Where is Hank Aaron in the pecking order of the greatest players of all time? “The guy who hit the most home runs in the history of baseball is, for me, Henry Aaron. And I know what Barry Bonds did, but I don’t quite tip my cap there all the way. The greatest pitchers that I’ve talked to—guys like Bob Gibson and Tom Seaver—say that Aaron was the most feared hitter of the most feared pitchers. As far as all-around players, it’s Aaron, Willie Mays and Mickey Mantle. When you leave the stats in, the greatest player of all time is Henry Aaron. I’ll leave it at that.”
and breaking the record like that. And once Barry Bonds started inching close to my record, he started receiving the same kind of thing on my behalf. You have your heroes in sports, and you want them to stay like myths—on top. … I have learned how to forget. I’ve told a lot of people that a person who can’t learn that is a miserable person because you walk around all your life hating people. You’re not built for that. SN: Were you hurt by then-commissioner Bowie Kuhn’s decision not to be in attendance for No. 715?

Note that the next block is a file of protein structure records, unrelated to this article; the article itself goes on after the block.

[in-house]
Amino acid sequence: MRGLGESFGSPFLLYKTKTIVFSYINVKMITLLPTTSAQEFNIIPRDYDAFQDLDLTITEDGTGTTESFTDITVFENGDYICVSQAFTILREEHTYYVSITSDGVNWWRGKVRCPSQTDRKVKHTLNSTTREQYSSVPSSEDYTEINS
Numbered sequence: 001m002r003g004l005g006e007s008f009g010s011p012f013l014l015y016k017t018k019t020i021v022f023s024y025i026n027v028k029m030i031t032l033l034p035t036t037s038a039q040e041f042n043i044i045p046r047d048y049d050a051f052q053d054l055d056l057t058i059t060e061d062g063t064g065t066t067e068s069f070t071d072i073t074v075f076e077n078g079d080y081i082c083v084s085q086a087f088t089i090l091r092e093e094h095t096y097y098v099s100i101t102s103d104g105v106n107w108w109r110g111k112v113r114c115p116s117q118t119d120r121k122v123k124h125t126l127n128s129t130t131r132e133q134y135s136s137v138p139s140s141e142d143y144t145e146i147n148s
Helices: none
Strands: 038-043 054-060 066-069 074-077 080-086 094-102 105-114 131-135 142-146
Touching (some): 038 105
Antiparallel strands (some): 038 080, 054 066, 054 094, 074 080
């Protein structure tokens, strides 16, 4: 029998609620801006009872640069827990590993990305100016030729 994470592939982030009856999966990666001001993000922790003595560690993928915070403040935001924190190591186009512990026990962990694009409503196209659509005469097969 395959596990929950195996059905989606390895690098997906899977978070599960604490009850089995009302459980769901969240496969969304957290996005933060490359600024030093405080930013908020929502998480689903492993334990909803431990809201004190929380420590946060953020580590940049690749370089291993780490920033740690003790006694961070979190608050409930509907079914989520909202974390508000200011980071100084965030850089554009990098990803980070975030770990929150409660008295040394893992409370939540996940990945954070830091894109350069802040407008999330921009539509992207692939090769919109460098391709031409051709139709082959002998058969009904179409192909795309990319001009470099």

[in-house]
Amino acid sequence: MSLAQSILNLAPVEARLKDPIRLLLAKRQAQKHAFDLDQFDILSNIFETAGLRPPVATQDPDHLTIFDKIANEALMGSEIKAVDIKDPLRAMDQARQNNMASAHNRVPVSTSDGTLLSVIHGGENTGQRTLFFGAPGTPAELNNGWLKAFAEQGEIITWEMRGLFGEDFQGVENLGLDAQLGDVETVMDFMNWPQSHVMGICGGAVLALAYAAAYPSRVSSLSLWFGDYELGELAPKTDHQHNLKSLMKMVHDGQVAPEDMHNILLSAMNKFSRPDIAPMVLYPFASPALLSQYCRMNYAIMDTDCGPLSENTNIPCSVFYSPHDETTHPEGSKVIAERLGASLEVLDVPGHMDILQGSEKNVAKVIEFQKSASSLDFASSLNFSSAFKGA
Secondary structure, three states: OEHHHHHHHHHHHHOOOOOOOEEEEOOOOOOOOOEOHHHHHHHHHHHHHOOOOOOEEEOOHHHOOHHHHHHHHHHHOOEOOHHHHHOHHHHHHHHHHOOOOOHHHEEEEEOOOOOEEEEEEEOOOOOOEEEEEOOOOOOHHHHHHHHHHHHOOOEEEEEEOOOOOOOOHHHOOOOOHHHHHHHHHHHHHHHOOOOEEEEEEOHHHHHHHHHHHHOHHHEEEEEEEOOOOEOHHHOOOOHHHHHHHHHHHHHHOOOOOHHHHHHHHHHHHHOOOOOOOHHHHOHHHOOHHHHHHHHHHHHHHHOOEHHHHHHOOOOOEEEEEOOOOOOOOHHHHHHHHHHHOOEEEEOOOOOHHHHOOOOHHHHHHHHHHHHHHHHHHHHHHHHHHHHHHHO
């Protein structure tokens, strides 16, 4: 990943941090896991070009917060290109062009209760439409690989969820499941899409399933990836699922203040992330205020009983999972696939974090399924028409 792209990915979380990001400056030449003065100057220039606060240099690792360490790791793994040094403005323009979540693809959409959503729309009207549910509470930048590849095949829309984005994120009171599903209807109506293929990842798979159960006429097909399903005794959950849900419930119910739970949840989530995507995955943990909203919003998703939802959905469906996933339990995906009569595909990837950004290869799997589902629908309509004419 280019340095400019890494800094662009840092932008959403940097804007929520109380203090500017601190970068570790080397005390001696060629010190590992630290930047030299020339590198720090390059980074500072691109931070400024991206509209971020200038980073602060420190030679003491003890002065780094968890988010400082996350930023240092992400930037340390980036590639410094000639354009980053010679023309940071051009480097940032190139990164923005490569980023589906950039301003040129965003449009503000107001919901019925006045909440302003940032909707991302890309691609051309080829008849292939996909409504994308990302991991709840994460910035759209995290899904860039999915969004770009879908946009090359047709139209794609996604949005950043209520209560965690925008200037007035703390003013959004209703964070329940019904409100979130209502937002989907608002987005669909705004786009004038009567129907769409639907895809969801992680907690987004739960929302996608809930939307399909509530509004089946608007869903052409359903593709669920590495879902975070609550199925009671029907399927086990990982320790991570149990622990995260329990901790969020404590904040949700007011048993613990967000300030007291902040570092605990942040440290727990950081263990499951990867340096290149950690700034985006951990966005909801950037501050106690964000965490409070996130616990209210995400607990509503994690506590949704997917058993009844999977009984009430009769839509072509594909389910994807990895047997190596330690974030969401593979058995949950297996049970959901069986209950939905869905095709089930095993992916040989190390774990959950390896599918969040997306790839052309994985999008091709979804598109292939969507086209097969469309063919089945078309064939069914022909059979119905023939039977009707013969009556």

AARON: I was hurt. That’s still a little hurtful to me. Everything else, I’ve come to understand. But about that, I still have my doubts. I couldn’t understand why the commissioner could not have been there. I don’t know what his explanation was. As big a milestone as that was, I feel he should have been with me.
Aaron on Mays: “Willie was very flamboyant. He did a lot of things that people would pay to come see.”
SN: I didn’t even mention the 755 home runs. Is that the number you’re most proud of?